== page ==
An electric arc is a continuous electric discharge of high current between conductors, generating very bright light and intensive heat.
"This video clip shows you an extreme electrical arc. It was captured by Neil Brady, the maintenance foreman of the 500 kV Eldorado Substation near Boulder City, Nevada in the US. Due to a faulty switcher which failed to interrupt when the isolation switched open, it created the huge arc.
The arc stretches upward, driven by rising hot gases and writhing from small air currents, until it easily exceeds 100 feet in length. The arc continues to elongate until the voltage was not sufficient to support the resulting arc impedance due to the arc length.
Switching arcs usually terminate long before reaching this size since they normally flash over to an adjacent phase or to ground. Once this happens, the phase-to-phase fault current will cause an upstream circuit breaker to trip, disconnecting the circuits."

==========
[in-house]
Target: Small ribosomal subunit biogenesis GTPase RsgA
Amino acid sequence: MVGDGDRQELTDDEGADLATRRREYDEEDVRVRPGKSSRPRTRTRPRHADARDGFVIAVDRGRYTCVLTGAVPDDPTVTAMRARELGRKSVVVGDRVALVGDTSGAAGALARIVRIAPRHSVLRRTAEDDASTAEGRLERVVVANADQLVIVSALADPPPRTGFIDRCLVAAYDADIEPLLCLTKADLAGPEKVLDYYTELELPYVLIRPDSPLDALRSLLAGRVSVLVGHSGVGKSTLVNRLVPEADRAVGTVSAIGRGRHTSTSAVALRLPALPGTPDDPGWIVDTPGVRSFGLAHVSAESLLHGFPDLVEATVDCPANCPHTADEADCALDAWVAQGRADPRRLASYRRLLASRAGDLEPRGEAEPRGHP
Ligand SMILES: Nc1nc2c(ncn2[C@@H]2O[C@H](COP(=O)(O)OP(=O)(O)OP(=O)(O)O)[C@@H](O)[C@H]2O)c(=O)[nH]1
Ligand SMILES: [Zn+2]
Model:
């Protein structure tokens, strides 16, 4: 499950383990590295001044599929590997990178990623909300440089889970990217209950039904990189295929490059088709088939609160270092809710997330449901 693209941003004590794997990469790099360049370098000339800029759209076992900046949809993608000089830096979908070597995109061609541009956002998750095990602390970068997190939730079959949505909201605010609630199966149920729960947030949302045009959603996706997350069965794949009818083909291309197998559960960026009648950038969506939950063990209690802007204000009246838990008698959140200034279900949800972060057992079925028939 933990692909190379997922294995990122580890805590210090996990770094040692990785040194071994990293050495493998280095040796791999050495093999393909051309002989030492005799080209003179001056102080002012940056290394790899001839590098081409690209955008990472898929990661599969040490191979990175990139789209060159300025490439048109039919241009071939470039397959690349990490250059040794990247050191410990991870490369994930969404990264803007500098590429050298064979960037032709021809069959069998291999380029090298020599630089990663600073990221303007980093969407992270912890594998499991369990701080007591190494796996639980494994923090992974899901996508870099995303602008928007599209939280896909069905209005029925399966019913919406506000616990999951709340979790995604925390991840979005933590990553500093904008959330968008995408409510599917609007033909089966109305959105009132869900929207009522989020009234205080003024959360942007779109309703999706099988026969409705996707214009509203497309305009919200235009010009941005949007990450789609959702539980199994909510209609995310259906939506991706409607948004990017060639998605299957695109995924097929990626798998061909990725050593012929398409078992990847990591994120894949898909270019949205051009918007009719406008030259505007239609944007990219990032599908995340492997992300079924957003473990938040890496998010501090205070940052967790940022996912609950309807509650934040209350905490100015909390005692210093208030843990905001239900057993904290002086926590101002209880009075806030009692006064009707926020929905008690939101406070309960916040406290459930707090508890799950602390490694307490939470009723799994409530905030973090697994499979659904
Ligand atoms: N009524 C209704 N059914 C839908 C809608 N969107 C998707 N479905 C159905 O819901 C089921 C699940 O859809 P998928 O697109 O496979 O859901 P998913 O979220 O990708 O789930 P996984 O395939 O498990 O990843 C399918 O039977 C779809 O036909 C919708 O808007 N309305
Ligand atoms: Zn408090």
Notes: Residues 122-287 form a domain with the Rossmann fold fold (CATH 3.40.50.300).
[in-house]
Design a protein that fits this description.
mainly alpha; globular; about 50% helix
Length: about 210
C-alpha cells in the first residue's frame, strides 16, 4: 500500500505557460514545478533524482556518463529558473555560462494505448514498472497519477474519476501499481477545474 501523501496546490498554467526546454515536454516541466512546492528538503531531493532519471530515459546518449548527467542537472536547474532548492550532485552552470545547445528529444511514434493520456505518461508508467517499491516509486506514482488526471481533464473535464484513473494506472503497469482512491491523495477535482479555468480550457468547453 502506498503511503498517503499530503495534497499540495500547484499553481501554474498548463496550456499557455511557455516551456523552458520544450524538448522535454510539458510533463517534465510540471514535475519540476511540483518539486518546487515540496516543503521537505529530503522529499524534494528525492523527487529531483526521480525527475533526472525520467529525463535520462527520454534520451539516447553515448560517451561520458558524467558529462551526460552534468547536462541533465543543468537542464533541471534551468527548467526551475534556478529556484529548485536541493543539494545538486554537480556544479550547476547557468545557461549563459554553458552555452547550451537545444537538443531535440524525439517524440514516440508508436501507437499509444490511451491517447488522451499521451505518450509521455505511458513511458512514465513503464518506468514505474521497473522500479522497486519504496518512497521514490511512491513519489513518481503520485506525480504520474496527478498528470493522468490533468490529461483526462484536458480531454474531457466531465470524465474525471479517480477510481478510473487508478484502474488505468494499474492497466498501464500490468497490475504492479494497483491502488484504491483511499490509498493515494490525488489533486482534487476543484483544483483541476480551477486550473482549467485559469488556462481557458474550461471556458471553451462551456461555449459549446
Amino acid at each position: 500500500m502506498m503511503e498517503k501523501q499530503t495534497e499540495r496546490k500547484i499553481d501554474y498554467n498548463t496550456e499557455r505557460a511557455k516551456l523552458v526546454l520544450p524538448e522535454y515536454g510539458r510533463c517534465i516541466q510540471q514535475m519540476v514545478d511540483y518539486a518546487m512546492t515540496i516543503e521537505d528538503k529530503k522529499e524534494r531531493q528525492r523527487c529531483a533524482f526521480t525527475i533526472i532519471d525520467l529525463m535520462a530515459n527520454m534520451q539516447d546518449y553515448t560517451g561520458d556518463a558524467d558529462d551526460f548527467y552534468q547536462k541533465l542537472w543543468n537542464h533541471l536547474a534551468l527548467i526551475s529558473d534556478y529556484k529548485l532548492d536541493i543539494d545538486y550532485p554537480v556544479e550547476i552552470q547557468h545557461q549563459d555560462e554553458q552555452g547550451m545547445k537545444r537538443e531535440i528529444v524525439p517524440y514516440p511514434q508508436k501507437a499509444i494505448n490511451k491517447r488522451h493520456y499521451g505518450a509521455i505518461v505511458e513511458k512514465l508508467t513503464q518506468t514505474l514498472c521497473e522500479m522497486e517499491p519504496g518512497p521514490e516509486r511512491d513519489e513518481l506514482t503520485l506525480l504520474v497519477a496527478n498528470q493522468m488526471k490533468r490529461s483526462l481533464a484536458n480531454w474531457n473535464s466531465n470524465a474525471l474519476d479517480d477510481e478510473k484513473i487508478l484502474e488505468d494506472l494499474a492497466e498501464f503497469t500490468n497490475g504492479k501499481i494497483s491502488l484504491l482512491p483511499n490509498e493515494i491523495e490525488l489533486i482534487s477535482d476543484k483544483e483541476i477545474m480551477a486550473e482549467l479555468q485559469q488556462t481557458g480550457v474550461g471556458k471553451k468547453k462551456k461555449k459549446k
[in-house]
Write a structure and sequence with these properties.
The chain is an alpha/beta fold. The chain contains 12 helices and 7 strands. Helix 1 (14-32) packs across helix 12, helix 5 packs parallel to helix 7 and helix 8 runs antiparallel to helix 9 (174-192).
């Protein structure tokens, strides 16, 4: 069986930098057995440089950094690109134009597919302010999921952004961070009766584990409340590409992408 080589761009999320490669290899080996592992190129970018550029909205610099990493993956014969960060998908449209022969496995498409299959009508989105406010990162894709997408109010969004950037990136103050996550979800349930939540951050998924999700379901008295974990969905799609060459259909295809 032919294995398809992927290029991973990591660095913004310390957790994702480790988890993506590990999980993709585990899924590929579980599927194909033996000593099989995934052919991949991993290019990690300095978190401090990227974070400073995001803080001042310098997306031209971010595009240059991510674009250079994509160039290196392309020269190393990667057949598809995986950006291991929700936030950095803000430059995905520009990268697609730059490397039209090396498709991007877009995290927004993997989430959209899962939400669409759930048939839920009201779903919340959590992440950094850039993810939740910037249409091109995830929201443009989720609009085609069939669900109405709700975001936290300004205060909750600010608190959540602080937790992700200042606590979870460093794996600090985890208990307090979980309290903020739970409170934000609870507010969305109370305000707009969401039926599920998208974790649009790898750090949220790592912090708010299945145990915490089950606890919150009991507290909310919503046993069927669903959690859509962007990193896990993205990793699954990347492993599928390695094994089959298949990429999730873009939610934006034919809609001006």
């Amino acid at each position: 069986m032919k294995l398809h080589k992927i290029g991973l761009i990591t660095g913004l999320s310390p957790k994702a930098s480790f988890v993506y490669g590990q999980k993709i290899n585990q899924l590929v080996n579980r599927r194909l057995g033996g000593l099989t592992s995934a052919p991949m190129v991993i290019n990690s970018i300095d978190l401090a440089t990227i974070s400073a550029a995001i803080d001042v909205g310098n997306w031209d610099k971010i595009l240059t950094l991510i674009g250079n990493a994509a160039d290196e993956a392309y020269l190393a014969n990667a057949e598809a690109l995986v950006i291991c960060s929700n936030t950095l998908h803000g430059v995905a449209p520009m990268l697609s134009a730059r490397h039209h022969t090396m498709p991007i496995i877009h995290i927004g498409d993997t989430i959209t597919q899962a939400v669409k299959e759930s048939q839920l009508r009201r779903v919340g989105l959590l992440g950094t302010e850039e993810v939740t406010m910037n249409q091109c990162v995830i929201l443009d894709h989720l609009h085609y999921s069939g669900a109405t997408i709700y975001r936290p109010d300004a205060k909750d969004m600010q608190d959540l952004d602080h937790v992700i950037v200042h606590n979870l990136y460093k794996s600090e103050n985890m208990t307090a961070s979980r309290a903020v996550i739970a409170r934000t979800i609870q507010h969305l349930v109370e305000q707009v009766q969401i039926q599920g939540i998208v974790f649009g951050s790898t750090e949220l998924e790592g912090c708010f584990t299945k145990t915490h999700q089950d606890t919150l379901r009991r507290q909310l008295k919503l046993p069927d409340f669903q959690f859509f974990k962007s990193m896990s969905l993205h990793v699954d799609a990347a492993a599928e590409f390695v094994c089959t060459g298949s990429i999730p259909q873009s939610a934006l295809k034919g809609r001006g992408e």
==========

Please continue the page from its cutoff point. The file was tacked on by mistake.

The incident heat energy that an electric arc can produce is determined by the amount of the arc current, the duration of the arc, the distance between the worker and the arc and the configuration of the conductors and the surrounding environment.
In order to choose adequate protective clothing, the potential incident heat energy (in units of energy per square surface - cal/cm² or kJ/m2) caused by an electric arc and to which a worker may be exposed, needs to be calculated in a thorough risk assessment.